Lesson 7 - Basic CSS selectors and properties

HTML and CSS First website Basic CSS selectors and properties

In the previous lesson, Introduction to CSS (Cascading Style Sheets), we introduced you to CSS, explained what is CSS good for, and saw what a page using CSS looks like. Today, we're going to show you how to style websites using CSS, in detail.

We are going to style our website that we started a couple of lessons back. Open up Notepad++, create a new file, and select CSS as its language.

Creating a new CSS file in Notepad++

Just like HTML, all CSS is, is an ordinary text file.

Selectors

CSS is based on what we call selectors. As the name suggests, selectors allow us to select elements in a page based on specific criteria we have set and style those elements based on said criteria. Unlike HTML, all a CSS document needs is selectors (no doctype, head, body, or anything else).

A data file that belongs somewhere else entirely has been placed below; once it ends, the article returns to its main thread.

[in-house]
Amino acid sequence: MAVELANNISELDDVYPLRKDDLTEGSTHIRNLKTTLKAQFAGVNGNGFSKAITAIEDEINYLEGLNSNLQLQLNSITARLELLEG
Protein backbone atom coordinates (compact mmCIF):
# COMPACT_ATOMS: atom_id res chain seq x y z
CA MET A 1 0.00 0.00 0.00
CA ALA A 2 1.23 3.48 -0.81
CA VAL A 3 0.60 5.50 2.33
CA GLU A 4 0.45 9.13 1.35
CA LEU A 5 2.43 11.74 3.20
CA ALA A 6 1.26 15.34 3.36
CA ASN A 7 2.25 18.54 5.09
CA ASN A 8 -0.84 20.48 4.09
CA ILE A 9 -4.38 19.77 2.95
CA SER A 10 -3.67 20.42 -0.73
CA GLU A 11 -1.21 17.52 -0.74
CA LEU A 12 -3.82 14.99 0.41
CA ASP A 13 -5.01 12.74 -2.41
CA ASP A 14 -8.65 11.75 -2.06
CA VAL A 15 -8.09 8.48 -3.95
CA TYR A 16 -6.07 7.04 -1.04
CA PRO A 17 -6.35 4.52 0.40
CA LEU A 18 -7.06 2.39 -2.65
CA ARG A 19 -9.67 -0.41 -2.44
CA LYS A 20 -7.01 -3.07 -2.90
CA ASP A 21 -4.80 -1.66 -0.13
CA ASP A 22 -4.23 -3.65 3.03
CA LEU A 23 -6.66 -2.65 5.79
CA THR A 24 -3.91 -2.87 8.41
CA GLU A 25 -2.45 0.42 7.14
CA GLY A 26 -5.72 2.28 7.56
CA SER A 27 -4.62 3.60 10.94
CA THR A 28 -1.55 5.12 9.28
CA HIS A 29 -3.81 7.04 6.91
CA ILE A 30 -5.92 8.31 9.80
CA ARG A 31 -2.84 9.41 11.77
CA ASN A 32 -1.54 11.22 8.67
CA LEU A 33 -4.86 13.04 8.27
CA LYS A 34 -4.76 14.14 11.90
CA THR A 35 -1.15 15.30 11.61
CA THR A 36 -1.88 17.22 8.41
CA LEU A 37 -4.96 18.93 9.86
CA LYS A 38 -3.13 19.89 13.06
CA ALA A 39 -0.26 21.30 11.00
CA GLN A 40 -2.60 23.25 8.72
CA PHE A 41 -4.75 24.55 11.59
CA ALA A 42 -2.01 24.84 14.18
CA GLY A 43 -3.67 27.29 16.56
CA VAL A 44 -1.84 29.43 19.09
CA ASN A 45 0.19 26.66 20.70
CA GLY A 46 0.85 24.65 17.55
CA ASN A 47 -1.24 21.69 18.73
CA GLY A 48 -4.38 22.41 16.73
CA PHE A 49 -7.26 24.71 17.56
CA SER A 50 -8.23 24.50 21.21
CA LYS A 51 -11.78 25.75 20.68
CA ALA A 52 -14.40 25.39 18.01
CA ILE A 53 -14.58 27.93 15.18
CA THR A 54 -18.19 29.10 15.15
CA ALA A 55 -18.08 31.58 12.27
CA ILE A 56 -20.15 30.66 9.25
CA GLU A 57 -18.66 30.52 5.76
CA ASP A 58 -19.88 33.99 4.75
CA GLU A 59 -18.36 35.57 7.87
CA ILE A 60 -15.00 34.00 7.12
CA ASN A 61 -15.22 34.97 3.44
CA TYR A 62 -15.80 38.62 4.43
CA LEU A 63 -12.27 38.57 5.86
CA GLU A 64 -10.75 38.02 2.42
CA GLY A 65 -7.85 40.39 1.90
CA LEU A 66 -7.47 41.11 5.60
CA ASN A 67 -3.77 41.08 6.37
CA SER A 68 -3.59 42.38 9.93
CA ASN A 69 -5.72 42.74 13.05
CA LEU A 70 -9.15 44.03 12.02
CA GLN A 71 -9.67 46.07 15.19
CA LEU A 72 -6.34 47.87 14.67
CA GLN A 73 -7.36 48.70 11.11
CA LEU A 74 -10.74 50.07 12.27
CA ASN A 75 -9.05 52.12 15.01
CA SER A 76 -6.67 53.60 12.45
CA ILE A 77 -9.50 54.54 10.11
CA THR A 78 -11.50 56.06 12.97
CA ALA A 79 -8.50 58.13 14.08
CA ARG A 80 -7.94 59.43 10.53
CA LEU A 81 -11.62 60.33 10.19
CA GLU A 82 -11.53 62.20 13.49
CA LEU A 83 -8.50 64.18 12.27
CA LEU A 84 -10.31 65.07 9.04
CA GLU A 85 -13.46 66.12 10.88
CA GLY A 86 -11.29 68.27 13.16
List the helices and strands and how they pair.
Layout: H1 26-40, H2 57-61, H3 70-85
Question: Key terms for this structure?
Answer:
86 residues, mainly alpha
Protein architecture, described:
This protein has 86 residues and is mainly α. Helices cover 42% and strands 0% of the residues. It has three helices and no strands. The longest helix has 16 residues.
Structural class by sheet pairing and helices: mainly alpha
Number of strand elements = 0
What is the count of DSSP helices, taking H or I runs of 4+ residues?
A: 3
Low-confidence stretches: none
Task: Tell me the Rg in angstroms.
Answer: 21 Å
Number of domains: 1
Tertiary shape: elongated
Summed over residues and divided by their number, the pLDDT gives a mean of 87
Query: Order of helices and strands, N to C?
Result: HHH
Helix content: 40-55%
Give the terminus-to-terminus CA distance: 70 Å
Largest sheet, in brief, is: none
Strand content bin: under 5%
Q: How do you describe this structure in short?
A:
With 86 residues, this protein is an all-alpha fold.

Type selector

The simplest kind of selector is the type selector which selects every element of the given type. If you wanted to select every <h1> on a page, you would do the following:

h1 {
}

Selectors are able to style elements of a given type (in this case h1). The selector is then followed by a block of curly brackets in which we specify the style properties that we want the elements to have.

text-align

The first CSS property we will cover is text-align. We add properties into the selector's curly brackets. A colon goes after the property name and its value is terminated by a semicolon. Let's center every h1's text on our page:

h1 {
        text-align: center;
}

Cool, Now test it out on your page! Add the code above to a new CSS file and save it as style.css into the website folder.

Now all we have to do is link the HTML document to this CSS style page. Open up your index.html and add the following line to the <head>:

<link rel="stylesheet" href="style.css" type="text/css" />

The page will now be styled based on what we write in the CSS document. Your page should now look something like this:

Centering headings in CSS

First-level headings (h1) now have their text centered. If we wanted to do the same thing for second-level headings, you wouldn't have to duplicate the code. All you would have to do is extend the selector by adding h2 to it (separated by a comma):

h1, h2 {